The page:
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Canine Therapy

 

Canine Therapy

Canine Therapy Programme (Formerly known as Dr. Dog Programme) is a project initiated by CUPA in Bangalore where animals are used in communities like mentally Challenged Children, Autistic children, Old Age Homes, Hospitals, AIDS Patients and terminally ill cancer patients as a source of joy and happiness besides therapeutic and stress treatment.
Canine Therapy and the value of animal therapy:
Professional studies show that being in close contact with animals can have remarkable benefits on the physical and psychological well being of people. Scientists believe that closeness with animals can have a natural healing effect on many medical conditions and statistics show that the average blood pressure and cholesterol level of patients owning pets are lower than those who don’t. Surveys show that when patients are able to give their attention to an animal they are able to forget their own suffering for a while. Simply, being in close contact with an animal makes you feel good!
 Joining the Canine Therapy Programme:
Dog owners could volunteer dogs of pedigree or mixed breed. The animal naturally needs to be healthy and have a happy, placid nature. Each dog will need to be examined and accepted by a CUPA representative.

Evaluation of health and emotional stability of the animal is judged and certified. A full assessment is also made by a Veterinary Surgeon who will offer a certificate if the dog passes. Following the interview, the successful volunteers are issued an authorized ID card; which must be worn on every visit.

Canine Therapy Programme requests that volunteers accompany their own dogs at all times and take part in the various activities offered by the hospitals and centers. Each volunteer is assigned to one center, so that a rapport can be developed between the patients, dog and nursing staff. Visits are usually on a monthly, fortnightly or weekly basis, normally lasting for one hour, depending on the number, age and condition of the patients.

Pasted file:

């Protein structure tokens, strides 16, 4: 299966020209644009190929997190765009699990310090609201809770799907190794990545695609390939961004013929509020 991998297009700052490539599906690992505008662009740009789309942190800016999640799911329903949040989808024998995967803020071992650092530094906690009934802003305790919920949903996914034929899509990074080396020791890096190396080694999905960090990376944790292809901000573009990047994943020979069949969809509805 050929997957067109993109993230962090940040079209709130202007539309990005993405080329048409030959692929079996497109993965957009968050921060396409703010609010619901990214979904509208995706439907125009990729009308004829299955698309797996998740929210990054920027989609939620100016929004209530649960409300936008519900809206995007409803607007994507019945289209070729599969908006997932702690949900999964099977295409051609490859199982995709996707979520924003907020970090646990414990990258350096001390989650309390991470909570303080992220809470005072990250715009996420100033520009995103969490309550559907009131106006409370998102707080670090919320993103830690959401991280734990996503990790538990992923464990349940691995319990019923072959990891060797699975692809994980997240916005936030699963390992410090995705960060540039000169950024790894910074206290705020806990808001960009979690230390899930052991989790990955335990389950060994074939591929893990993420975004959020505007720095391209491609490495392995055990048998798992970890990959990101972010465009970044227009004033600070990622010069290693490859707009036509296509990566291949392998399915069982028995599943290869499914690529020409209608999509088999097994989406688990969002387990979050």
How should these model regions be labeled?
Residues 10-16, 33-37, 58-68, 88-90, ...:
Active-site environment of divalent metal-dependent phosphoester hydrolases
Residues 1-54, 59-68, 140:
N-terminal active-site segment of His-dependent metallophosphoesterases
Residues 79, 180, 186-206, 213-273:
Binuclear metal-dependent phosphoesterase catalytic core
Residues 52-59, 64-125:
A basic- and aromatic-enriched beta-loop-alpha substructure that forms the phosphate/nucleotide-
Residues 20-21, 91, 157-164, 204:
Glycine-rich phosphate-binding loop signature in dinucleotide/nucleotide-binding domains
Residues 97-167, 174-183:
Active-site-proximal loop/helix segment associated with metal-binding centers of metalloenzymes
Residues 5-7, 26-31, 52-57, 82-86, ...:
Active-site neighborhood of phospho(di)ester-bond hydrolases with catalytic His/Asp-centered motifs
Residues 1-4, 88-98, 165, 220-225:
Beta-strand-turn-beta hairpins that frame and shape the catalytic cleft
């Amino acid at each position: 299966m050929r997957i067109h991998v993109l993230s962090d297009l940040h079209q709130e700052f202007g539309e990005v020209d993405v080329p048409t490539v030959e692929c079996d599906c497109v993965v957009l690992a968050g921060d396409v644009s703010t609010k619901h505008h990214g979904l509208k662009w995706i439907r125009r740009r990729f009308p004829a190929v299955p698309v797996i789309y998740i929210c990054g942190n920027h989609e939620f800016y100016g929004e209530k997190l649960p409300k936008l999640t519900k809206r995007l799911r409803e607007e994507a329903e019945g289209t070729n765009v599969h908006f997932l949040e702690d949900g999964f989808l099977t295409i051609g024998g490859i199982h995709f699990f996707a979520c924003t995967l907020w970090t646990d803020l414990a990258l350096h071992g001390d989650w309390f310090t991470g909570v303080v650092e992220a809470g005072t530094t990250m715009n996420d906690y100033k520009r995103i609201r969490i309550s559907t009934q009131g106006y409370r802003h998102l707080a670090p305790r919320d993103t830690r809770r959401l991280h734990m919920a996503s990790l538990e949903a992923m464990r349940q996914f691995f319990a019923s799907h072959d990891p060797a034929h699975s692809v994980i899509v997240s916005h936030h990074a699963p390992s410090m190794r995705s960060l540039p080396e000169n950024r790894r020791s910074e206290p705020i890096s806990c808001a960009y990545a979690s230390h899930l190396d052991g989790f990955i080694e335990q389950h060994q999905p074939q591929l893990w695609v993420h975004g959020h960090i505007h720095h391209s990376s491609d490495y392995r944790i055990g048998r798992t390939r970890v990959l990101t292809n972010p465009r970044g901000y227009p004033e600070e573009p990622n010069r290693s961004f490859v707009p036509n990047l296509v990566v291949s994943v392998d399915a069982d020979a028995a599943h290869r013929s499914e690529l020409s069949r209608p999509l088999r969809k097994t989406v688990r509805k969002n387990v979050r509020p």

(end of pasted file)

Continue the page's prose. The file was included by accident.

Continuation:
Persons with or without a pet who wish to volunteer in the Canine Therapy Programme are welcome to do so.



JENNY : CUPA's first Dr. Dog

Remembering Jenny.

It is more than three years since we lost Jenny our first Therapy Dog. She touched so many lives, of   children of  the lesser God.
I used to accompany her to one such special school “Asha” For Autistic Children. Jenny our Dr Dog was always cheerful, and brought smiles to the face of less fortunate kids. Working with the Autistic kids requires special skills and training even for us. But Jenny had these traits in her without training, She was so pleasant and patient with these children Some times Autistic children can get aggressive and violent ,On one such occasion a child pulled Jenny’s tail and  slapped her . But I was taken aback by Jenny Reaction. She was composed and sweet as ever, wagging her tail.

Jenny was very popular with children. For some reason they seemed to love her, and until you saw her with them, you would never understand why. Every afternoon the children in my building would come home, and beg us to let jenny come down and play with them, and play with them she did. They would play running and catching for hours, and jenny was great at hide’n’ seek . After playing, my lazy dog would lie in the centre of the playground and let herself be fussed over by the children and this continued until I went down to fetch her back. She was a real delight, a really special dog, with a huge reserve of patience and love.